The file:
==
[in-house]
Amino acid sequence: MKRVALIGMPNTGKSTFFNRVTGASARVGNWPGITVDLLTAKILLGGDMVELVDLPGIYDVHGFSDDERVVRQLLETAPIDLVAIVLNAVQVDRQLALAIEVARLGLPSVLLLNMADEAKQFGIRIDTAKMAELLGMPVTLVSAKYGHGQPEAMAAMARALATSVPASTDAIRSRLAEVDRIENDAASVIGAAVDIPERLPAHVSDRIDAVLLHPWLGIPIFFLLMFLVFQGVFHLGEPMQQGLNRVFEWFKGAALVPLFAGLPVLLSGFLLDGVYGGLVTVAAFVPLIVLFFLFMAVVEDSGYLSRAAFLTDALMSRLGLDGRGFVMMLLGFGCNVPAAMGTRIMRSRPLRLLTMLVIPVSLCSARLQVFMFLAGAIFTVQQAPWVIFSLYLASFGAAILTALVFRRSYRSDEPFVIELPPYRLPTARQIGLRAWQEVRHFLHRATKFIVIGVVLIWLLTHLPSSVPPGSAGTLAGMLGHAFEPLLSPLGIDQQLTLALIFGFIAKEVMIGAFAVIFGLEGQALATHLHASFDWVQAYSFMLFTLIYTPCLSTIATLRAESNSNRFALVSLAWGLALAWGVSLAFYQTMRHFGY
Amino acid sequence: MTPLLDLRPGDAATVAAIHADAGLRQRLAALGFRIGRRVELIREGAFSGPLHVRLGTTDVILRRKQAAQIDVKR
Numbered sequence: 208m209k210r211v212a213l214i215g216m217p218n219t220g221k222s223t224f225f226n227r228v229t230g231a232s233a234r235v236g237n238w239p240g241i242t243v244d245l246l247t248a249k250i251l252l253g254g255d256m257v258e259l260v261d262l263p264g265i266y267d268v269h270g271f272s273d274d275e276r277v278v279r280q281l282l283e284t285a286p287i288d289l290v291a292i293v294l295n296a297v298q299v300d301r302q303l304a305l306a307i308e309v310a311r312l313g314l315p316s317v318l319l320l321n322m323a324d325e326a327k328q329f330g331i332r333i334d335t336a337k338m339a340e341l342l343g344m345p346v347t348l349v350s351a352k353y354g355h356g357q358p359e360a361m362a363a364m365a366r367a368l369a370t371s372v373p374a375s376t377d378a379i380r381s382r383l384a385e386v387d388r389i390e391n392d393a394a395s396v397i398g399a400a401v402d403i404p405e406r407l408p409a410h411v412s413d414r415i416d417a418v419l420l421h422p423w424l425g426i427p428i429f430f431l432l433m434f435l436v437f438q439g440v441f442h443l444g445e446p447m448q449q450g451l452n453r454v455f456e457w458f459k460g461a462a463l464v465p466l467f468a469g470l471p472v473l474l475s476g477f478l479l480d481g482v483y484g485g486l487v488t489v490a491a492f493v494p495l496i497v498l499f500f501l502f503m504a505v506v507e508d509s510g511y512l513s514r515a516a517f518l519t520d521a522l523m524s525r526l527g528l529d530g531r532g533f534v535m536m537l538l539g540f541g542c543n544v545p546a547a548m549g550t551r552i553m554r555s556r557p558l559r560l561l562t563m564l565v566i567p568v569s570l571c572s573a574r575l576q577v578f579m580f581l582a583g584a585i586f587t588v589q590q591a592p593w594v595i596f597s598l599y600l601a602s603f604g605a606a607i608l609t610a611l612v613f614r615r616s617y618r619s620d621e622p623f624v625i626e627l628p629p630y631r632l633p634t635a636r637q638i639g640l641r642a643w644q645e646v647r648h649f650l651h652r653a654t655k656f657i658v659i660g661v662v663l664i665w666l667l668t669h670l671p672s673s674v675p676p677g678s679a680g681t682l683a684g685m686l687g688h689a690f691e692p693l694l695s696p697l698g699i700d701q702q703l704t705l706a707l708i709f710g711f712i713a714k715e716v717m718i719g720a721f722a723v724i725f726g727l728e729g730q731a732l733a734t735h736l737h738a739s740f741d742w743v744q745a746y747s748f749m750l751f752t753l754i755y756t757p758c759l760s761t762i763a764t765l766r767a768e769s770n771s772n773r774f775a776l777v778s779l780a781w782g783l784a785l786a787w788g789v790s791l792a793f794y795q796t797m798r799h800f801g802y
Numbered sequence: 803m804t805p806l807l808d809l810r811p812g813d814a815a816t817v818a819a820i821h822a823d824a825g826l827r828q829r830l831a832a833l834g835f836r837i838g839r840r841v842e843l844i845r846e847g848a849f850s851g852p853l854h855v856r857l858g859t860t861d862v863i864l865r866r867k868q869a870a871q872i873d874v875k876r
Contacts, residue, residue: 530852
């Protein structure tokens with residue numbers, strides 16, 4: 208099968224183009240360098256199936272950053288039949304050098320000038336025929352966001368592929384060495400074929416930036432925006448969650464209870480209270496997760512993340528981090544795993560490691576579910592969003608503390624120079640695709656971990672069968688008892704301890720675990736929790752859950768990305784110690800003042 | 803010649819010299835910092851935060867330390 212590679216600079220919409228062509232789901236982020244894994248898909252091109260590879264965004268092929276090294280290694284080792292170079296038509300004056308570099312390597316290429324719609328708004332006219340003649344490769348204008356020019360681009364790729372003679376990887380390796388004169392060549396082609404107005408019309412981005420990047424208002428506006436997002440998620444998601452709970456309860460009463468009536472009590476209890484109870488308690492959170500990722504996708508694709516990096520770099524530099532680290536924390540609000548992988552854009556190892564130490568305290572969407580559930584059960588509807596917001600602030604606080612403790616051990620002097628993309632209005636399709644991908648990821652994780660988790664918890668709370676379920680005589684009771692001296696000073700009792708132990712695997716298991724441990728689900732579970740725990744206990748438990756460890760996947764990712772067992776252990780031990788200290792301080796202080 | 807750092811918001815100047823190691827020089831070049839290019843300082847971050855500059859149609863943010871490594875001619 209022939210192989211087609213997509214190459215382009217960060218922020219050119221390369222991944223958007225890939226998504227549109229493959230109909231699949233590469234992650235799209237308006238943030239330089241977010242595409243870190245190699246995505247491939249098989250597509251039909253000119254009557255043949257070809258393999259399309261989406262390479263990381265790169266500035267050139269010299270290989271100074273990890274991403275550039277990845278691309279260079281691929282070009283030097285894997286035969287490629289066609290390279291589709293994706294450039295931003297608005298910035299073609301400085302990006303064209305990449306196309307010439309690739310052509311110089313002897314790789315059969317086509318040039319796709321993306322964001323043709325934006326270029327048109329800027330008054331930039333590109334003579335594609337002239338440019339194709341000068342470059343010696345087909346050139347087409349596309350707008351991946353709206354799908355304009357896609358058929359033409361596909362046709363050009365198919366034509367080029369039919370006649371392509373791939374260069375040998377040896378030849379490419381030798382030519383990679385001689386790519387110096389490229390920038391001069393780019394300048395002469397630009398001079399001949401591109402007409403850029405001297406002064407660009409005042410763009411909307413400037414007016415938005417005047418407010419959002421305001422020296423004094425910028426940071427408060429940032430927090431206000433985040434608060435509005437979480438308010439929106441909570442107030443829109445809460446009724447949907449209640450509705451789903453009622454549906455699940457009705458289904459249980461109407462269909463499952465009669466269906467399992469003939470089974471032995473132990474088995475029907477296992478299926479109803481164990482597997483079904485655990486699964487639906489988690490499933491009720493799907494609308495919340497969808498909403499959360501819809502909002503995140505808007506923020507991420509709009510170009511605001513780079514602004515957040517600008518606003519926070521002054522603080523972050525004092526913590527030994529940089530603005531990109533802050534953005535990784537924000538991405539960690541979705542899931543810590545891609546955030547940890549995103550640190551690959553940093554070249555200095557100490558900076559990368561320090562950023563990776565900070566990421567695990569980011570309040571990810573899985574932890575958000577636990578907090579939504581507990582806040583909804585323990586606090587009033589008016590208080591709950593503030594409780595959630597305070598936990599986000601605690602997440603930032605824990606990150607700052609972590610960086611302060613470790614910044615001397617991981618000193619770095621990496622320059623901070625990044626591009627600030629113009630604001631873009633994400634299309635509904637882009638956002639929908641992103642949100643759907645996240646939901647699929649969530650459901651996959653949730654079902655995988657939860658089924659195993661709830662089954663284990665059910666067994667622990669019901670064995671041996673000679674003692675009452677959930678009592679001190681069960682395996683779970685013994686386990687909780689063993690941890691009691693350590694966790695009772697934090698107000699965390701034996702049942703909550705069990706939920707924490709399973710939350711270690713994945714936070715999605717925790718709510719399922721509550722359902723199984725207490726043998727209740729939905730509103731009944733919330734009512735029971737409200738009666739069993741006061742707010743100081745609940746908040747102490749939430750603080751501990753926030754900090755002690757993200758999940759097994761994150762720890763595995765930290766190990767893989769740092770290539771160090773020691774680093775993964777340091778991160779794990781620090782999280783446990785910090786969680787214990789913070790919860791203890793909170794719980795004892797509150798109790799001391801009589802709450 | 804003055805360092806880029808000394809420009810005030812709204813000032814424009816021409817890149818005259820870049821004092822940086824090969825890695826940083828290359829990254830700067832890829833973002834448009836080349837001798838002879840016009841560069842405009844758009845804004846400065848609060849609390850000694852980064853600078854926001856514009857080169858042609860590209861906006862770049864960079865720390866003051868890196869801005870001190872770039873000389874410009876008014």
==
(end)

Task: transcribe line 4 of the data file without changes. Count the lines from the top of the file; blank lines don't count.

Numbered sequence: 208m209k210r211v212a213l214i215g216m217p218n219t220g221k222s223t224f225f226n227r228v229t230g231a232s233a234r235v236g237n238w239p240g241i242t243v244d245l246l247t248a249k250i251l252l253g254g255d256m257v258e259l260v261d262l263p264g265i266y267d268v269h270g271f272s273d274d275e276r277v278v279r280q281l282l283e284t285a286p287i288d289l290v291a292i293v294l295n296a297v298q299v300d301r302q303l304a305l306a307i308e309v310a311r312l313g314l315p316s317v318l319l320l321n322m323a324d325e326a327k328q329f330g331i332r333i334d335t336a337k338m339a340e341l342l343g344m345p346v347t348l349v350s351a352k353y354g355h356g357q358p359e360a361m362a363a364m365a366r367a368l369a370t371s372v373p374a375s376t377d378a379i380r381s382r383l384a385e386v387d388r389i390e391n392d393a394a395s396v397i398g399a400a401v402d403i404p405e406r407l408p409a410h411v412s413d414r415i416d417a418v419l420l421h422p423w424l425g426i427p428i429f430f431l432l433m434f435l436v437f438q439g440v441f442h443l444g445e446p447m448q449q450g451l452n453r454v455f456e457w458f459k460g461a462a463l464v465p466l467f468a469g470l471p472v473l474l475s476g477f478l479l480d481g482v483y484g485g486l487v488t489v490a491a492f493v494p495l496i497v498l499f500f501l502f503m504a505v506v507e508d509s510g511y512l513s514r515a516a517f518l519t520d521a522l523m524s525r526l527g528l529d530g531r532g533f534v535m536m537l538l539g540f541g542c543n544v545p546a547a548m549g550t551r552i553m554r555s556r557p558l559r560l561l562t563m564l565v566i567p568v569s570l571c572s573a574r575l576q577v578f579m580f581l582a583g584a585i586f587t588v589q590q591a592p593w594v595i596f597s598l599y600l601a602s603f604g605a606a607i608l609t610a611l612v613f614r615r616s617y618r619s620d621e622p623f624v625i626e627l628p629p630y631r632l633p634t635a636r637q638i639g640l641r642a643w644q645e646v647r648h649f650l651h652r653a654t655k656f657i658v659i660g661v662v663l664i665w666l667l668t669h670l671p672s673s674v675p676p677g678s679a680g681t682l683a684g685m686l687g688h689a690f691e692p693l694l695s696p697l698g699i700d701q702q703l704t705l706a707l708i709f710g711f712i713a714k715e716v717m718i719g720a721f722a723v724i725f726g727l728e729g730q731a732l733a734t735h736l737h738a739s740f741d742w743v744q745a746y747s748f749m750l751f752t753l754i755y756t757p758c759l760s761t762i763a764t765l766r767a768e769s770n771s772n773r774f775a776l777v778s779l780a781w782g783l784a785l786a787w788g789v790s791l792a793f794y795q796t797m798r799h800f801g802y